I watch the temperature in his room slowly fall on the monitor. He is unfazed. Sleeping. Sprawled in the crib that he fell out of the other night. Safe? I hope, but feel uncertain.
I too am in bed. Gentle light of the kindle illuminating my aging face next to my wife whose 48th birthday is tomorrow. I joke that I’m turning her in at 50. I said the same thing for 40. And here we are: mid-life (somehow!); toddler son; dog with bulging eyes; suburbs; minivan. Our kisses tamed after years of practice. Our worries bigger and more real than ever before.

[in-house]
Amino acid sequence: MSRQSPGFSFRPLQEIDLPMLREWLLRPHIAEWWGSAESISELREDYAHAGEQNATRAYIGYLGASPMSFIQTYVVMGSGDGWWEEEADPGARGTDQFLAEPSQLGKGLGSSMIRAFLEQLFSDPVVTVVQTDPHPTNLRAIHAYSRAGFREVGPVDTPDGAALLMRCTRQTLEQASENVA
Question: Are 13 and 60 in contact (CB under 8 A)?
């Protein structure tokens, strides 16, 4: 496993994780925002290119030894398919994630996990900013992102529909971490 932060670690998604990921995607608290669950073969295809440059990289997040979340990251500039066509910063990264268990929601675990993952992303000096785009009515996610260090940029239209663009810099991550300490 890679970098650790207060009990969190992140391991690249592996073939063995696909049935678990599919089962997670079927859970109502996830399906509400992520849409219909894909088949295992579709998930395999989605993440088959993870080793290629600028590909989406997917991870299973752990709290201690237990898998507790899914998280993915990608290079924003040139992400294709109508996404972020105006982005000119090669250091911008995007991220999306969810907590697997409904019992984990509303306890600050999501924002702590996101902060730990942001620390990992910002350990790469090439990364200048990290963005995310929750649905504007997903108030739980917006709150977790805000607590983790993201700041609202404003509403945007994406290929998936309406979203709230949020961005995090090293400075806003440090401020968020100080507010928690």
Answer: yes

Seventy-nine the monitor reads. I check the weather on my phone. Temperature will continue to drop tonight. I slip out of bed, the light from the kindle highlights her rising falling chest. I feel my way through the dark to the doorknob of my son’s bedroom. Gripping it tightly, turning it slowly, I incrementally push the door open only wide enough to fit my hand through, sliding it along the wall until it hits the light switch, moving past that to the one for the fan. I turn off the fan. Less white noise now to cover up my actions. As I pull the door back toward me, it creaks. I jump. I let go of the knob not all at once but slowly like bleeding the radiators. It clicks. I run back to the monitor. I look. No movement, no sound. Just the racing of my heart.